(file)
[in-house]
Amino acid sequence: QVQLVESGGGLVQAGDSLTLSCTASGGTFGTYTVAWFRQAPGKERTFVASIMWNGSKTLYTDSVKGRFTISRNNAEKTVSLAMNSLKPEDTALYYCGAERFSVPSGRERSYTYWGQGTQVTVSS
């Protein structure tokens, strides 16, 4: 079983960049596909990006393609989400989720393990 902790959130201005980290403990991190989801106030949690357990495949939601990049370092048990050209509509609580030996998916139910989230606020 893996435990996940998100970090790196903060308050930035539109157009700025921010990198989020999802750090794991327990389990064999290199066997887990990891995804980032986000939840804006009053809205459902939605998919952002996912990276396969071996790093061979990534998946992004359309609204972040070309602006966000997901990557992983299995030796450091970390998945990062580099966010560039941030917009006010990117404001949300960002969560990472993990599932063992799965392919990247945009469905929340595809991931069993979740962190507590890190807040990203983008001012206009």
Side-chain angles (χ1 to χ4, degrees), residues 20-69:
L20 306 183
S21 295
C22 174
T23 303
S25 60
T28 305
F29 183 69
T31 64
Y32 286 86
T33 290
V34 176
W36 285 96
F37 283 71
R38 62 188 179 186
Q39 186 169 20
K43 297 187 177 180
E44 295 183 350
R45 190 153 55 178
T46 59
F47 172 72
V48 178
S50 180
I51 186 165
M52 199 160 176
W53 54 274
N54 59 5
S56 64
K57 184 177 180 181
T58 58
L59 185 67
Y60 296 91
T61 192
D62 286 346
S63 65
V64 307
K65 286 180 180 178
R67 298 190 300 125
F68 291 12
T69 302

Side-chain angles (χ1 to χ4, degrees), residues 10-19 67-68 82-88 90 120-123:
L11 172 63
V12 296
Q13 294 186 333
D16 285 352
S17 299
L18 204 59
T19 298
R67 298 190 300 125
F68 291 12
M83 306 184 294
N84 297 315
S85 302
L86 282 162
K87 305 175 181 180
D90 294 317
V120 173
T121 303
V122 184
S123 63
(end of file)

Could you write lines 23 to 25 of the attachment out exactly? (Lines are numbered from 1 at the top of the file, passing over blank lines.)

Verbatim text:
T46 59
F47 172 72
V48 178